The 2019 annual general meeting of the GSLP called on the Government to prioritize
the implementation of the National Economic Plan which I am responsible for.
Regrettably the appearance of the Covid pandemic and the lockdown measures to
contain it, which no one could have predicted in 2019, has delayed the implementation
of the economic program but now we have made a start with the recently announced
Elderly Residential Home and other projects are being currently worked on to deliver
them in the next 12 to 18 months.
The lockdown measures to combat the pandemic has brought about a global
recession which has been described as the worst since the 1930s and in the last three
months, for example, has reduced the economic output of the UK by 20% with similar
reductions in other countries in Europe. However I am confident that this will not
impact on our National Economic Plan, but it will have a negative impact on the future
size of our economy and on the level of the revenues of the Government.
But let me be clear that the fact that I’m confident that we can maintain a better
economic performance than others does not mean that we can simply ignore what is
going on in the rest of the world as if it had no effect on us.
The impact of the global economy on our potential customers will have an effect on
our future economic performance and this is likely to be more severe and longer
lasting than leaving the European Union without an agreement on a new relationship.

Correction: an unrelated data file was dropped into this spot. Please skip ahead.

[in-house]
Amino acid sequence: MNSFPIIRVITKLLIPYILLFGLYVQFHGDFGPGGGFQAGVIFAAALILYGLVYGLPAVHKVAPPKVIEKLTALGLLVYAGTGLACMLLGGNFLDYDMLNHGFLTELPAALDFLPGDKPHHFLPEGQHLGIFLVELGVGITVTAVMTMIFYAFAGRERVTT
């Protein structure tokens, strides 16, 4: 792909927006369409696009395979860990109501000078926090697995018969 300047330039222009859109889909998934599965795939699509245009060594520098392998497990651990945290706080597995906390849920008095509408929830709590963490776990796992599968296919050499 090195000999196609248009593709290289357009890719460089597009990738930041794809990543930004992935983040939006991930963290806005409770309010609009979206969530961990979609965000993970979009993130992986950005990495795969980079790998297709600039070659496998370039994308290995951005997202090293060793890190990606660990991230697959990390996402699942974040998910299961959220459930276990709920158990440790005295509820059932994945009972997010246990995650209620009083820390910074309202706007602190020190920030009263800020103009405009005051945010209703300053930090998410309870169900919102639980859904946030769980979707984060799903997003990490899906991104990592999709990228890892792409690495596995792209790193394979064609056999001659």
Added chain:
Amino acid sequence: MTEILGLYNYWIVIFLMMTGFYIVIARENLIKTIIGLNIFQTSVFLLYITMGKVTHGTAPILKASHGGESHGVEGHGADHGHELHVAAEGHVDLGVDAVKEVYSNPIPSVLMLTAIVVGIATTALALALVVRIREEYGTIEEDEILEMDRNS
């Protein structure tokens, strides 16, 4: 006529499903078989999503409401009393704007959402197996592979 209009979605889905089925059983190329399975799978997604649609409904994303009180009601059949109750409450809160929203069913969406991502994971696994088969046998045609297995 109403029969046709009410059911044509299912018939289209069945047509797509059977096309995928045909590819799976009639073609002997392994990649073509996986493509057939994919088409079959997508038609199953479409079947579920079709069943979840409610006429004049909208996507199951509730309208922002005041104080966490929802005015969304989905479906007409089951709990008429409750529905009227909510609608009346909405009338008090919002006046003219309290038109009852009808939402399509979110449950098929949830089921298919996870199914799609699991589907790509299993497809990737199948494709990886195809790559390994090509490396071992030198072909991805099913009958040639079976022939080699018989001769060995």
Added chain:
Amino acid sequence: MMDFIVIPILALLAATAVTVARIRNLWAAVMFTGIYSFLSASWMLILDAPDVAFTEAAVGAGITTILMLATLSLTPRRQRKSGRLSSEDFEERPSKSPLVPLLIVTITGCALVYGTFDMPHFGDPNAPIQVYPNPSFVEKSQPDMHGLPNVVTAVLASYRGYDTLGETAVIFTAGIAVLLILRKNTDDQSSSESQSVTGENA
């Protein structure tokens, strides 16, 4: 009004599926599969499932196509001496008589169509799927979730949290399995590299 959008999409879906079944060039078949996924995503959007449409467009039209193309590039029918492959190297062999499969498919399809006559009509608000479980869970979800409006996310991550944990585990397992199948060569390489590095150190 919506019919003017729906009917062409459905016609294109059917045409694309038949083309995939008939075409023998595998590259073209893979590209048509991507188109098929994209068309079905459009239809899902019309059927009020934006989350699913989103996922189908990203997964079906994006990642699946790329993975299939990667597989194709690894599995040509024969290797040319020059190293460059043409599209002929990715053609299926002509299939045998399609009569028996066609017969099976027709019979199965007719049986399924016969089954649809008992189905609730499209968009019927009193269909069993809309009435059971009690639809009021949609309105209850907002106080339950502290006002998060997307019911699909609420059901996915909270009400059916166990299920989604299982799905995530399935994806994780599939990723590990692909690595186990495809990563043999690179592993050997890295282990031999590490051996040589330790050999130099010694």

Our land frontier with Spain since 1986 has been an external border for goods,
because we negotiated terms in 1972, not being in the custom union for example,
which are unlikely to be available to us now. But there is no reason why our country
should not have fluidity at the external border of the EU, as a non-member country
because others have it.
If the present Government of Spain sees mutual benefit and value in this, we should
explore the possibility conscious of the lesson of the Cordoba agreement which was
eliminated after a change of Government in Spain.
Having said that, we need to remember that we have been members of the British
family of Nations for 316 years and associated with the EEC/EU in the last 47.
If at any point it emerges that a new relationship with the EU requires us to choose
between the two, the wedge that worries our friend Andrew Rosindell, the choice is
simple, we stick with our family.